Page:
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Posts from the ‘From the community’ Category

GDPR: What researchers need to know

The EU General Data Protection Regulation (GDPR) and new Data Protection Act come into force on 25 May. Both apply in the UK and will influence research involving personal data. So what’s changing and how should you, as a researcher, prepare? Sarah Dickson, Head of the MRC Regulatory Support Centre, is here to help.

What is GDPR?

The EU General Data Protection Regulation (GDPR), along with the new UK Data Protection Act, will govern the processing (holding or using) of personal data in the UK.

Although the new regulations haven’t been designed specifically for research, we’ll need to make some changes to research practice. The Information Commissioner’s Office (ICO) is the UK regulator. The Health Research Authority (HRA), in collaboration, is providing official guidance for people working in health and social care research. We‘re working with both organisations.

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Nutrition research: taking a broader view

The UK Nutrition Research Partnership for health and disease aims to take nutrition research to the next level by building up a strong research base. On the day of the first partnership meeting, Chair Professor Sir Stephen O’Rahilly, Director of the MRC Metabolic Diseases Unit at the University of Cambridge, explains why nutrition matters to you and your research area.

Image credit: University of Cambridge

The food we eat has a huge impact on our bodies. One of the key conclusions of last year’s review of nutrition and human health research in the UK was that we need to gain a deeper insight into how changes in diet affect our health.

We also need more accurate information about how we might better use nutrition to prevent and treat certain important diseases. The UK Nutrition Research Partnership is focused on strengthening the UK science base in basic and translational nutritional research.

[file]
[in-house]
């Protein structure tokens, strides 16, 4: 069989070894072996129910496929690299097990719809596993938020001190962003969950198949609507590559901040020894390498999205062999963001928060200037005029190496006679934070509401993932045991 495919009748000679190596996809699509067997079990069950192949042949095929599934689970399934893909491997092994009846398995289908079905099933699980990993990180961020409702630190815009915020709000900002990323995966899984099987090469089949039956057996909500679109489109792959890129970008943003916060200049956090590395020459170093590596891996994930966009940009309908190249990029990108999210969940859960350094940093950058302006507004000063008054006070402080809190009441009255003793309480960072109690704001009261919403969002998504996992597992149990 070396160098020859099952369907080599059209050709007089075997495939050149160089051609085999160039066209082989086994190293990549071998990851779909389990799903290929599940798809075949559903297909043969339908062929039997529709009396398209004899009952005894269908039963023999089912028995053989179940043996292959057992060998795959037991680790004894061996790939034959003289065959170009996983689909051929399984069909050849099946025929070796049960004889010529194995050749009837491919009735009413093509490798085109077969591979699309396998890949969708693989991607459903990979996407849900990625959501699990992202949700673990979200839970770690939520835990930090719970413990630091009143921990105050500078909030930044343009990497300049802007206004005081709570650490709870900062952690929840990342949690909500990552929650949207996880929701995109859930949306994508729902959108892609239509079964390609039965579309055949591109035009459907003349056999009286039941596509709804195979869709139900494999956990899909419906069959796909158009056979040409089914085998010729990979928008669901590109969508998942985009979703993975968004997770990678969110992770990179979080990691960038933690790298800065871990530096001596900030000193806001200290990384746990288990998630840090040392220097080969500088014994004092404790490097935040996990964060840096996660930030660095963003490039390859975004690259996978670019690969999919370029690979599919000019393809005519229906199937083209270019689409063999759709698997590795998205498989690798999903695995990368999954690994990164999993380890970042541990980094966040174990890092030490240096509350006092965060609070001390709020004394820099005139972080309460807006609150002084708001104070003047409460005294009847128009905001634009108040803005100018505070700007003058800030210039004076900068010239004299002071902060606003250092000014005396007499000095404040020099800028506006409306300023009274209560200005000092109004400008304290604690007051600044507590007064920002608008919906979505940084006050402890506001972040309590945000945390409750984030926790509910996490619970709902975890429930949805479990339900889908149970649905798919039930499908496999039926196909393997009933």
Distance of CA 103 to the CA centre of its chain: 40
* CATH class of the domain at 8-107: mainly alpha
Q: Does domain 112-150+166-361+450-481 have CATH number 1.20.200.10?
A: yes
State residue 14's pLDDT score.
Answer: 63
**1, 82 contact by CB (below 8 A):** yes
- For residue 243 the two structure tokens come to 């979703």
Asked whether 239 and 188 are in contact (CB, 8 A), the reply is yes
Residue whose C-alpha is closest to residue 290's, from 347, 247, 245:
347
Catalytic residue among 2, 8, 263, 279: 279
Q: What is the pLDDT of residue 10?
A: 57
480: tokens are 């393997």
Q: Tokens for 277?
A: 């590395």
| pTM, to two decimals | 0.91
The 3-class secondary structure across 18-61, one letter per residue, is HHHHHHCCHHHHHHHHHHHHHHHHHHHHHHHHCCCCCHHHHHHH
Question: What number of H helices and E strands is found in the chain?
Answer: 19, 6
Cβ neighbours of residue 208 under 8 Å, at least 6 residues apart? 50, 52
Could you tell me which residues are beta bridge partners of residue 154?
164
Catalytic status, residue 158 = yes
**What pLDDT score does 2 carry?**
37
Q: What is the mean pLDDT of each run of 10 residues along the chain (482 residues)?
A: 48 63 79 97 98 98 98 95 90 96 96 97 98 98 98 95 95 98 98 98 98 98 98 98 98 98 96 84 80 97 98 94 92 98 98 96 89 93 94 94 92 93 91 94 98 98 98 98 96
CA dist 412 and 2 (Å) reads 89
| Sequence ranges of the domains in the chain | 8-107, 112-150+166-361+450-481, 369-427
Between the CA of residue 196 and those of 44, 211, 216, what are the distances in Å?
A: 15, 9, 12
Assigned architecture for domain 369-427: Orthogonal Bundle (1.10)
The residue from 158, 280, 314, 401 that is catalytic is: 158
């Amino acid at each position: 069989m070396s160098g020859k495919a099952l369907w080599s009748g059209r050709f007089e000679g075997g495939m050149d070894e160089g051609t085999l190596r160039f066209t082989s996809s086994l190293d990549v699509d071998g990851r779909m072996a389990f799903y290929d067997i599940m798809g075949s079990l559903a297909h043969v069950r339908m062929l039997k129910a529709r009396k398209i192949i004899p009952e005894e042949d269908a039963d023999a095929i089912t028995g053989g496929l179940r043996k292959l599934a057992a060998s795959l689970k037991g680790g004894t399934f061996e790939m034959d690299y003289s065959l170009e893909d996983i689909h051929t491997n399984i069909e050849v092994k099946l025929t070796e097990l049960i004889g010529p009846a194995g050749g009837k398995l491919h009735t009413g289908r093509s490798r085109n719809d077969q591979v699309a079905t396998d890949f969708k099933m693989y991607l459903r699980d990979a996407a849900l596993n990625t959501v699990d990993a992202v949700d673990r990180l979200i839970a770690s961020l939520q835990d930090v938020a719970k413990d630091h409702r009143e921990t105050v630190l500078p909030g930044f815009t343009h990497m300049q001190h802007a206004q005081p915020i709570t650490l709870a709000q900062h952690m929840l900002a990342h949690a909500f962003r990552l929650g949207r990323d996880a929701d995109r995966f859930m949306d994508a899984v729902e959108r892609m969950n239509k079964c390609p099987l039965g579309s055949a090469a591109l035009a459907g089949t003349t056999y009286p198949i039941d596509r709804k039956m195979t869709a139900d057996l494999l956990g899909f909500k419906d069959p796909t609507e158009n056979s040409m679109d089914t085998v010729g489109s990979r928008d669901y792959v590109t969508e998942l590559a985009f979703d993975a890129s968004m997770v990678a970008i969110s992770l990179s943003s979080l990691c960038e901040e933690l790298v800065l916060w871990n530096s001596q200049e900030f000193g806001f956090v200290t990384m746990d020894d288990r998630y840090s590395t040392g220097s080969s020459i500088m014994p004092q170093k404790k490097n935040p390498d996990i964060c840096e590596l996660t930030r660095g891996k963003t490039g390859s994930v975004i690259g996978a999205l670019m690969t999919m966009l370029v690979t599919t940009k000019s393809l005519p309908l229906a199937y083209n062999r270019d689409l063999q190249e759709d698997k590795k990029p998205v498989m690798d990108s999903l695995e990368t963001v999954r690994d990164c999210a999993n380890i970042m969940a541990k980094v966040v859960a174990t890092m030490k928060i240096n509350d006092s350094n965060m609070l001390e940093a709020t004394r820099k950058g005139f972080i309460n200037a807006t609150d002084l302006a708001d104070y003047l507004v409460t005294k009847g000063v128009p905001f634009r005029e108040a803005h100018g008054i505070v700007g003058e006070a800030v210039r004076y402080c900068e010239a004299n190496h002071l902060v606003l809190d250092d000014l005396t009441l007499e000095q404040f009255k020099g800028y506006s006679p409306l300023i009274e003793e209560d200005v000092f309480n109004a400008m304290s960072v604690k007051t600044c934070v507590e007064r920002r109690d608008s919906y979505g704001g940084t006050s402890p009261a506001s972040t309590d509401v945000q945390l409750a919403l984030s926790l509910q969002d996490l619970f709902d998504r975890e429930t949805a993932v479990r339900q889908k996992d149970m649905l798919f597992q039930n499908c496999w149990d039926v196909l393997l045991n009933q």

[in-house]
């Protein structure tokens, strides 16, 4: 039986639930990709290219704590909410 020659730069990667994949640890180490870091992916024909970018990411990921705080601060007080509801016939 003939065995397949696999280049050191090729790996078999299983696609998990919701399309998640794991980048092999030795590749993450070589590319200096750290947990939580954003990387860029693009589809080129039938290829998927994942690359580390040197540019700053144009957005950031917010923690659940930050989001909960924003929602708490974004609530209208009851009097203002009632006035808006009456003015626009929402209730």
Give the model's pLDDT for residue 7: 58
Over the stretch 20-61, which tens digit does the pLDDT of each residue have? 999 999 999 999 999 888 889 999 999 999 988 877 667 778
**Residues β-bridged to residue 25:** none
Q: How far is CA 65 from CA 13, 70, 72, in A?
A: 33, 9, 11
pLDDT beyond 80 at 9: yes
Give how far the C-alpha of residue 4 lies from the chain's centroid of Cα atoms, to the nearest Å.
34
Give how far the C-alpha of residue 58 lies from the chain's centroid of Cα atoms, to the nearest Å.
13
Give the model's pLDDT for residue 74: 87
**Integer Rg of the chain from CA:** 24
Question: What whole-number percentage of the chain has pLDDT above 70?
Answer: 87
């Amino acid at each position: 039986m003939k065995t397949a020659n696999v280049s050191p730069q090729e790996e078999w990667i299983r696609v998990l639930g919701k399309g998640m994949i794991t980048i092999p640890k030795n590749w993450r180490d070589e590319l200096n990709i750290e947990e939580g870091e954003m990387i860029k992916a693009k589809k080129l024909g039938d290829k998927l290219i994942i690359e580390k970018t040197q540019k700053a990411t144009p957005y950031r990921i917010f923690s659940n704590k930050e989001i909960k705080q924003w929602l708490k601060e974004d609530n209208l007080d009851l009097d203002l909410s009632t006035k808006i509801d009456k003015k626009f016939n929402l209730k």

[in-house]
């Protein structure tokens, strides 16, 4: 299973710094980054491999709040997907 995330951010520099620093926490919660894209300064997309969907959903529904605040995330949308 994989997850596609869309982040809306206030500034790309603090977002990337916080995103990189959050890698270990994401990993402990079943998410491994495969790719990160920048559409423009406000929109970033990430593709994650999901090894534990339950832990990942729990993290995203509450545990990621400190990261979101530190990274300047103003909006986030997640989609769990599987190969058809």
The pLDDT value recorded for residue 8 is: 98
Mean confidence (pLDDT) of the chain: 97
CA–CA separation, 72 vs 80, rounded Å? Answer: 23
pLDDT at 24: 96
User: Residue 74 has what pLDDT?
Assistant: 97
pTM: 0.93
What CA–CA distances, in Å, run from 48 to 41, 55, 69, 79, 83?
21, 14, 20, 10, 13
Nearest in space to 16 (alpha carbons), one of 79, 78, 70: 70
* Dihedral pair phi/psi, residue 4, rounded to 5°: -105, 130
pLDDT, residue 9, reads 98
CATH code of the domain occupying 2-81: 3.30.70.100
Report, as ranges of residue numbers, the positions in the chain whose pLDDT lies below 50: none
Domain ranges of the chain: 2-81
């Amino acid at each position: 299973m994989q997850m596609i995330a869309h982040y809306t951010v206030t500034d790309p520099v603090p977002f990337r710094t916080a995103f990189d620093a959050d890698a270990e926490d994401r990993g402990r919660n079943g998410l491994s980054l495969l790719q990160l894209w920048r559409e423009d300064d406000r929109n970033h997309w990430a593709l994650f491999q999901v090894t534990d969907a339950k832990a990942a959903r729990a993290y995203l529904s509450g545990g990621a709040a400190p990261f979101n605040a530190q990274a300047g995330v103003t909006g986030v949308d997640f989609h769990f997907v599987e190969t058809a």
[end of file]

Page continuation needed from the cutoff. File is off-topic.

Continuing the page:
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Pushing dementia research forward through US-UK collaboration

For MRC grants that involve collaborations, almost half (43%) are international. We’re running a symposium in Washington D.C to encourage more of this, by joining up UK early career researchers and National Institutes of Health (NIH) researchers working in neurodegeneration. But what’s the international incentive? Three researchers with MRC-NIH Partnership Awards share how they hope to benefit.

Dr Chi-Hun Kim, Dementias Platform UK, University of Oxford

Dr Chi-Hun Kim

Dr Chi-Hun Kim

The UK and US each have rich data sources for dementia research. But there aren’t any efficient UK-US data access channels which make it easier for researchers in the two countries to collaborate.

I plan to use the Dementias Platform UK (DPUK) Data Portal as a channel for more efficient and long-standing collaboration. The portal is a secure one-stop website where researchers can upload their data and analyse it for free. By using this robust MRC-funded facility, I’ll conduct a study using data from both sides of the Atlantic. I’m aiming to get a better picture of how conditions that block or reduce blood flow to the brain might affect the development of dementia.

DPUK and I have been helping South Korea make a similar facility to help with international collaboration. My experiences from the MRC-Korea collaboration will set me up well for this exciting new collaboration. 

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